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Old 06-11-2017, 12:25 PM   #1
Launfal
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Some quick thoughts in passing


Just been reading some of the ongoing threads, and the big ones seem to be regarding pulseaudio and palemoon. I don't have a horse in either one of those races, but just some off the cuff thoughts for whatever they may be worth to whoever they may be worth to.

Palemoon: Not quite ready for prime time, but the 27.4 alphas seem to fix most of the issues regarding video playback and rendering. I'm not sure how long they can hold the fort against what Mozilla is doing to Firefox, but I wish them well. For that matter, Firefox is a dead browser walking IMO and it's only a matter of time before they give up the ghost to Chromium/Chrome (which I hate with a passion. Vivaldi is only slightly better - no offense to those who like/use it. I'm just not going to be one of them). Seamonkey's days seem numbered as well, which will be a shame for people who like that all-in-one approach.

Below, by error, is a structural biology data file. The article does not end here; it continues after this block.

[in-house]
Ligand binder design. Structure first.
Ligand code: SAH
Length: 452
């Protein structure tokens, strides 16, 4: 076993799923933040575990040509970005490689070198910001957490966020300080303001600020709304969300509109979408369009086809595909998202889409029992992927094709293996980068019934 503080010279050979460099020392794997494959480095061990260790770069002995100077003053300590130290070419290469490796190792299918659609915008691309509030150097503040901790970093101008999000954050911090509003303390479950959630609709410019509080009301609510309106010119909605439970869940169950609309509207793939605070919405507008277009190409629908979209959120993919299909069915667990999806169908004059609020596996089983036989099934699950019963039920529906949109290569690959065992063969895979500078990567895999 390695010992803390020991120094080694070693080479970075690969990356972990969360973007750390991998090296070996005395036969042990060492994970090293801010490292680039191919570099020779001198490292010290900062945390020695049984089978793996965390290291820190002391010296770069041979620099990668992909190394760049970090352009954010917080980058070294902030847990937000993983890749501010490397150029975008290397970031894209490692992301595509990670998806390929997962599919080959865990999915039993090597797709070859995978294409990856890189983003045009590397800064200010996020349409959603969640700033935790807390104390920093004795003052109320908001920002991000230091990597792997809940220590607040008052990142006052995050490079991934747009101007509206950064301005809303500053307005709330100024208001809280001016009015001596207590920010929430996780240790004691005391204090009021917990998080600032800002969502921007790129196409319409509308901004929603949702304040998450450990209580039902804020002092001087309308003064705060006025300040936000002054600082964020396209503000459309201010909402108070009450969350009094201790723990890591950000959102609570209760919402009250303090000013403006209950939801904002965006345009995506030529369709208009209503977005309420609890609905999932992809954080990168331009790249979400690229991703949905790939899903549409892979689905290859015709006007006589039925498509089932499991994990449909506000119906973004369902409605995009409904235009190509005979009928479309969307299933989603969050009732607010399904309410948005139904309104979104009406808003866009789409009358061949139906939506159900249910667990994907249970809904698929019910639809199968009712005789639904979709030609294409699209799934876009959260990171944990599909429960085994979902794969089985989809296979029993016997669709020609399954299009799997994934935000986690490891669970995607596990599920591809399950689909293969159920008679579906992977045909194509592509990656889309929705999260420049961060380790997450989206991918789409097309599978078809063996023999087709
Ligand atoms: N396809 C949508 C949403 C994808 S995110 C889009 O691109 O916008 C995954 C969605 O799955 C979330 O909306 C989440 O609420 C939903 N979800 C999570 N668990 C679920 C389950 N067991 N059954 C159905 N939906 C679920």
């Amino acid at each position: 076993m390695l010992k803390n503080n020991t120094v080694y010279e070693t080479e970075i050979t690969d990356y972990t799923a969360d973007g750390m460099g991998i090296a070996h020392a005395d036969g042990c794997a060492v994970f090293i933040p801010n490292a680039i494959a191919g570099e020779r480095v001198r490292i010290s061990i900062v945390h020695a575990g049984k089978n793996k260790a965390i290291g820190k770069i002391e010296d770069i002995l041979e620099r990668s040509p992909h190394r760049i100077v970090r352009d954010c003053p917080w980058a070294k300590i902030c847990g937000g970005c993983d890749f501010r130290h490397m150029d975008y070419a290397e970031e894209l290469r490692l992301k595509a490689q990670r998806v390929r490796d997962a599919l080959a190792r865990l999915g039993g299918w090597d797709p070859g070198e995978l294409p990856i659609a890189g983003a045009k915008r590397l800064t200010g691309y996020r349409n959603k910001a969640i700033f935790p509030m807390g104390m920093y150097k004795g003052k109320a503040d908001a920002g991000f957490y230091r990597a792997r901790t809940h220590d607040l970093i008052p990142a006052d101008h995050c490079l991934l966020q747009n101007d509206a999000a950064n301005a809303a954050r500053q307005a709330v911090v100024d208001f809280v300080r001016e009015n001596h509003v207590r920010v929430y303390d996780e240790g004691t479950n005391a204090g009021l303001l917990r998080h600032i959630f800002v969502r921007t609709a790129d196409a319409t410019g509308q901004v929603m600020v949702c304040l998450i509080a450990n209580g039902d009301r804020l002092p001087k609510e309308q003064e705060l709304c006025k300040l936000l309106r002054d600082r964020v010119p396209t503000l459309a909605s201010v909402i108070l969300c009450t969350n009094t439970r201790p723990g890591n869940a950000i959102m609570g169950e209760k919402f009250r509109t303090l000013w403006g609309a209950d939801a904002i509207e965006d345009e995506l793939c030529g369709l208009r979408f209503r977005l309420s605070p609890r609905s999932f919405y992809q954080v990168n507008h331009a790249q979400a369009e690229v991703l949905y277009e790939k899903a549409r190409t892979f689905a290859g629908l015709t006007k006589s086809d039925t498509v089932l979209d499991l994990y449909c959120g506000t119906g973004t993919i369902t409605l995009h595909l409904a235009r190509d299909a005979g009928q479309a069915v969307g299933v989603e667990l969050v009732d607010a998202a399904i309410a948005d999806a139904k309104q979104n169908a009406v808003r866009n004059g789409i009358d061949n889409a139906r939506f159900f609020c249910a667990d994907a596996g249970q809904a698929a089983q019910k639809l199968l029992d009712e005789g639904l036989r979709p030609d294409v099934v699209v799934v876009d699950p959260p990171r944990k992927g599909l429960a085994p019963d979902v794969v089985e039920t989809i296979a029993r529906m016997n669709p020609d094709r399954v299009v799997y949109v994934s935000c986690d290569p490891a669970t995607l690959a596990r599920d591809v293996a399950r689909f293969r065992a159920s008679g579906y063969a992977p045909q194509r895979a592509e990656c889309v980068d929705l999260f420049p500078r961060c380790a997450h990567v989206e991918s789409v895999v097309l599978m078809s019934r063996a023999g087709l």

I can envision a day where I'll be doing the least amount of surfing possible, and that only in text-mode. I do most of it that way now, with only a few holdout websites keeping a graphical browser installed. That said...

...I'm trying Waterfox right now, and there don't seem to be any showstoppers that jump out at me. https://www.waterfoxproject.org/ for anyone who's interested in what he's doing. 64-bit support only. It does seem faster, and Ecosia is the default search engine. Somebody just trying to do a socially good thing. I wish him well, too.